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ANNULAR PANCREAS

When the ventral pancreatic anlage fails to migrate correctly to make contact with the dorsal anlage, the result may be a ring of pancreatic tissue encircling the duodenum. Such an annular pancreas may cause intestinal obstruction in the neonate or the adult. Symptoms of postprandial fullness, epigastric pain, nausea, and vomiting may be present for years before the diagnosis is entertained. The radiographic findings are symmetric dilation of the proximal duodenum with bulging of the recesses on either side of the annular band, effacement but not destruction of the duodenal mucosa, accentuation of the findings in the right anterior oblique position, and lack of change on repeated examinations. The differential diagnosis should include duodenal webs, tumors of the pancreas or duodenum, postbulbar peptic ulcer, regional enteritis, and adhesions. Patients with annular pancreas have an increased incidence of pancreatitis and peptic ulcer. Because of these and other potential complications, the treatment is surgical even if the condition has been present for years. Retrocolic duodenojejeunostomy is the procedure of choice, although some surgeons advocate Billroth II gastrectomy, gastroenterostomy, and vagotomy.

PANCREAS DIVISUM

Pancreas divisum is present in 7–10% of the population and occurs when the embryologic ventral and dorsal pancreatic anlagen fail to fuse, so that pancreatic drainage is accomplished mainly through the accessory papilla. Pancreas divisum is the most common congenital anatomic variant of the human pancreas. Current evidence indicates that this anomaly does not predispose to the development of pancreatitis in the great majority of patients who harbor it. However, the combination of pancreas divisum and a small accessory orifice could result in dorsal duct obstruction. The challenge is to identify this subset of patients with dorsal duct pathology. Cannulation of the dorsal duct by ERCP is not as easily done as is cannulation of the ventral duct. Patients with pancreatitis and pancreas divisum demonstrated by MRCP or ERCP should be treated with conservative measures. In many of these patients, pancreatitis is idiopathic and unrelated to the pancreas divisum. Endoscopic or surgical intervention is indicated only if pancreatitis recurs and no other cause can be found. If marked dilation of the dorsal duct can be demonstrated, surgical ductal decompression should be performed. It should be stressed that the ERCP/MRCP appearance of pancreas divisum (i.e., a small-caliber ventral duct with an arborizing pattern) may be mistaken as representing an obstructed main pancreatic duct secondary to a mass lesion.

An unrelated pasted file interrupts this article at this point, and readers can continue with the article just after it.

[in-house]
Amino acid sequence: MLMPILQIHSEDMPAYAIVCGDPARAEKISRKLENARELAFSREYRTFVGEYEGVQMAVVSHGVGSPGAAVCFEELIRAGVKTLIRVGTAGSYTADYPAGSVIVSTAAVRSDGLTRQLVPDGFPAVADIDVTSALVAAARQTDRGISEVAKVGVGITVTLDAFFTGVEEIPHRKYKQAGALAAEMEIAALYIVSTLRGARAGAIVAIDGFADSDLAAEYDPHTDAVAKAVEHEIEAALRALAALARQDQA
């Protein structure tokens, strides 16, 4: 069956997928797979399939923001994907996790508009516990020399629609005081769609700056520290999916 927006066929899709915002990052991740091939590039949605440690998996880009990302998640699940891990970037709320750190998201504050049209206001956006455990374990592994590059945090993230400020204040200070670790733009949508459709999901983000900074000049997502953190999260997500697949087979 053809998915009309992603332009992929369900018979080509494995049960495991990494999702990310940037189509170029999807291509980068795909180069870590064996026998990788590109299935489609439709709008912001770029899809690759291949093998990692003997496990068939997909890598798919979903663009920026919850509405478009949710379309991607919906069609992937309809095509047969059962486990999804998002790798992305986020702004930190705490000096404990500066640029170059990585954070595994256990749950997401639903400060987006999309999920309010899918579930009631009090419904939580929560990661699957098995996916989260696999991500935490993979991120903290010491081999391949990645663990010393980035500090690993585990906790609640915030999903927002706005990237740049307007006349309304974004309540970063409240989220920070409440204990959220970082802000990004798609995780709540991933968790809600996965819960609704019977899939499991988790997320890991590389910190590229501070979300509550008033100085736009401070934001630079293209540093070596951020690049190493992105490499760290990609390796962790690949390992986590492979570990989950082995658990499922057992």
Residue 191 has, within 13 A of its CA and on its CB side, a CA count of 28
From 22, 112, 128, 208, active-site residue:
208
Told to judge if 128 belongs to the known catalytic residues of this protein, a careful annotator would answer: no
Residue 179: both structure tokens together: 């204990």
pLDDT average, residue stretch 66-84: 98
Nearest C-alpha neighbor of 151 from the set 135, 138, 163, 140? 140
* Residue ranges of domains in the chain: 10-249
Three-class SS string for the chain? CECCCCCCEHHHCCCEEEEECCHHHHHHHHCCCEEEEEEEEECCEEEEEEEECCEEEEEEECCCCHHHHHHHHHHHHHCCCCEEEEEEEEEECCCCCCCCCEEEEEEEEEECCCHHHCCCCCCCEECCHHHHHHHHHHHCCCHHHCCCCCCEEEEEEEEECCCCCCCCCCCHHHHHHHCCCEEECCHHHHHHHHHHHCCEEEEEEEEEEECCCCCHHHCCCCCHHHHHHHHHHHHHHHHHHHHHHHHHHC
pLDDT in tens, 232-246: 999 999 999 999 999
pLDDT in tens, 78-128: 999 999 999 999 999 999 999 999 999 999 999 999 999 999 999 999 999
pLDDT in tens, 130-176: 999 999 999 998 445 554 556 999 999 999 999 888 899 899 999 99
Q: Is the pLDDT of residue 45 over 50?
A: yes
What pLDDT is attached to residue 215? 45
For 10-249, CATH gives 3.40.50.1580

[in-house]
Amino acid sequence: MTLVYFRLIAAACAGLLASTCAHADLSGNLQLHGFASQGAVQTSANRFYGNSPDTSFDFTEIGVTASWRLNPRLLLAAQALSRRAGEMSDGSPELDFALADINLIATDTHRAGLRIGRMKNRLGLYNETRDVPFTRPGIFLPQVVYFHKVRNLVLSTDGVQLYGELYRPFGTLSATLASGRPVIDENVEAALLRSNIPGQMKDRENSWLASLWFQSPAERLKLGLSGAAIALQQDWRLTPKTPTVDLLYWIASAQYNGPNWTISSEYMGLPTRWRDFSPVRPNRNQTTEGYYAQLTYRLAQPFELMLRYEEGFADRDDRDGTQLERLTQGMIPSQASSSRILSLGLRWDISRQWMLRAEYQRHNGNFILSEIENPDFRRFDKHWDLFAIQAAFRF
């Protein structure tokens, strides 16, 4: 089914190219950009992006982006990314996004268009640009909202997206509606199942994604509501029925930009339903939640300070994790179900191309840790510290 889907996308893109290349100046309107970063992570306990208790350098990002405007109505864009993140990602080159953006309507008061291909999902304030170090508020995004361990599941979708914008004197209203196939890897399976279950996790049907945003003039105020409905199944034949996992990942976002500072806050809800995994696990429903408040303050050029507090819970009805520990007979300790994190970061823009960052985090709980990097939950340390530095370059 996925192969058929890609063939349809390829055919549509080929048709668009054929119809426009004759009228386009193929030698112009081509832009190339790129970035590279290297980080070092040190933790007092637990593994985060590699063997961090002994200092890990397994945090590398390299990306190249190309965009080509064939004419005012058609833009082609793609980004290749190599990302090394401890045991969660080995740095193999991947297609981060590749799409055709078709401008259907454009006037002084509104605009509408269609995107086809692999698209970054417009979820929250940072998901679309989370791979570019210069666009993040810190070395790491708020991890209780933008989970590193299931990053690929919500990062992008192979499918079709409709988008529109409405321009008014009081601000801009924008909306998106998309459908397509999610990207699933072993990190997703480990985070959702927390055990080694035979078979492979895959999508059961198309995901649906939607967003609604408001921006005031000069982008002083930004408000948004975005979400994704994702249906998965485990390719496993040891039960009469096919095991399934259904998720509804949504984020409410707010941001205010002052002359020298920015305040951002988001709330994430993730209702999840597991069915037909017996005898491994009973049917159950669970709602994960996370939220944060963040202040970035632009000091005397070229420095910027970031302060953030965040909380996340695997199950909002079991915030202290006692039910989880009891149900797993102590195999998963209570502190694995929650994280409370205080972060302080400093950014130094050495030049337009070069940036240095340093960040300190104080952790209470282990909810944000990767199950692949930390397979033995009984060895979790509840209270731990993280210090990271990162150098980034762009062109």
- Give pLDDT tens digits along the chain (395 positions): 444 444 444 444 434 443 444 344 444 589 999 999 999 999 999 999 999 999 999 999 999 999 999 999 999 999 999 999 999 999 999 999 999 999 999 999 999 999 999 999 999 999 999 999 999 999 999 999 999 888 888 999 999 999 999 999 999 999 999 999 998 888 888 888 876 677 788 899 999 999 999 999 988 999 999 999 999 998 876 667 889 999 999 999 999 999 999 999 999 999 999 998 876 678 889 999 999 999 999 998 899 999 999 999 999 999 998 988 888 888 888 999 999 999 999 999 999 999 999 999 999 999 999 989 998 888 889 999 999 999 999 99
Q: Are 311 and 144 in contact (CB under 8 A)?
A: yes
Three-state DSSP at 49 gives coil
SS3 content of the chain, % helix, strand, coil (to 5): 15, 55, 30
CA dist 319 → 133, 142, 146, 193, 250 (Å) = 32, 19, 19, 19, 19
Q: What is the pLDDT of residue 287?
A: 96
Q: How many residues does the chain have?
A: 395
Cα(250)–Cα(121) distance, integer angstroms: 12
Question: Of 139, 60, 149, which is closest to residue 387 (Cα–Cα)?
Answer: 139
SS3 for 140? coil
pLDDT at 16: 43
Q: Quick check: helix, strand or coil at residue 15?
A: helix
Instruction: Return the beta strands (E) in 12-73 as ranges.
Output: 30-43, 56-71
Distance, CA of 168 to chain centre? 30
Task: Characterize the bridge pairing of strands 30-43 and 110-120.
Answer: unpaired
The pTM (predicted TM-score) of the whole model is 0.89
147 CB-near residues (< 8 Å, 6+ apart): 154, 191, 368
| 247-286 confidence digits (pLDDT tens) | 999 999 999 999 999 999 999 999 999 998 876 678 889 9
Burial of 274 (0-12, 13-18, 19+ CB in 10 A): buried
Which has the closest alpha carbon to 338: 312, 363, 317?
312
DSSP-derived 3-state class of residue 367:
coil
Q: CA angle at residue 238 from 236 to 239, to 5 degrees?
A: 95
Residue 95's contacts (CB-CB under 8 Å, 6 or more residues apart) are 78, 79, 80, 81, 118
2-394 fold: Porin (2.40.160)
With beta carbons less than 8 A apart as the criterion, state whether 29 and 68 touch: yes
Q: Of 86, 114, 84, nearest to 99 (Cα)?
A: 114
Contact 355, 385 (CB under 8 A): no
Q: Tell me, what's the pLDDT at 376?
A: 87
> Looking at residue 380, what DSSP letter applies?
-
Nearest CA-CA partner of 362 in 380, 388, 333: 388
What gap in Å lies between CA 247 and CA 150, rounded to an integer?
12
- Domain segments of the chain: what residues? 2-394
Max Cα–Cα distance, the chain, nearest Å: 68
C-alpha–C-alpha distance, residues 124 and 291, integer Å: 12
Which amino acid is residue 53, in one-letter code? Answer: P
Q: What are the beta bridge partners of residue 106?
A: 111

MACROAMYLASEMIA

In macroamylasemia, amylase circulates in the blood in a polymer form too large to be easily excreted by the kidney. Patients with this condition demonstrate an elevated serum amylase value and a low urinary amylase value. The presence of macroamylase can be documented by chromatography of the serum. The prevalence of macroamylasemia is 1.5% of the nonalcoholic general adult hospital population. Usually macroamylasemia is an incidental finding and is not related to disease of the pancreas or other organs. ...

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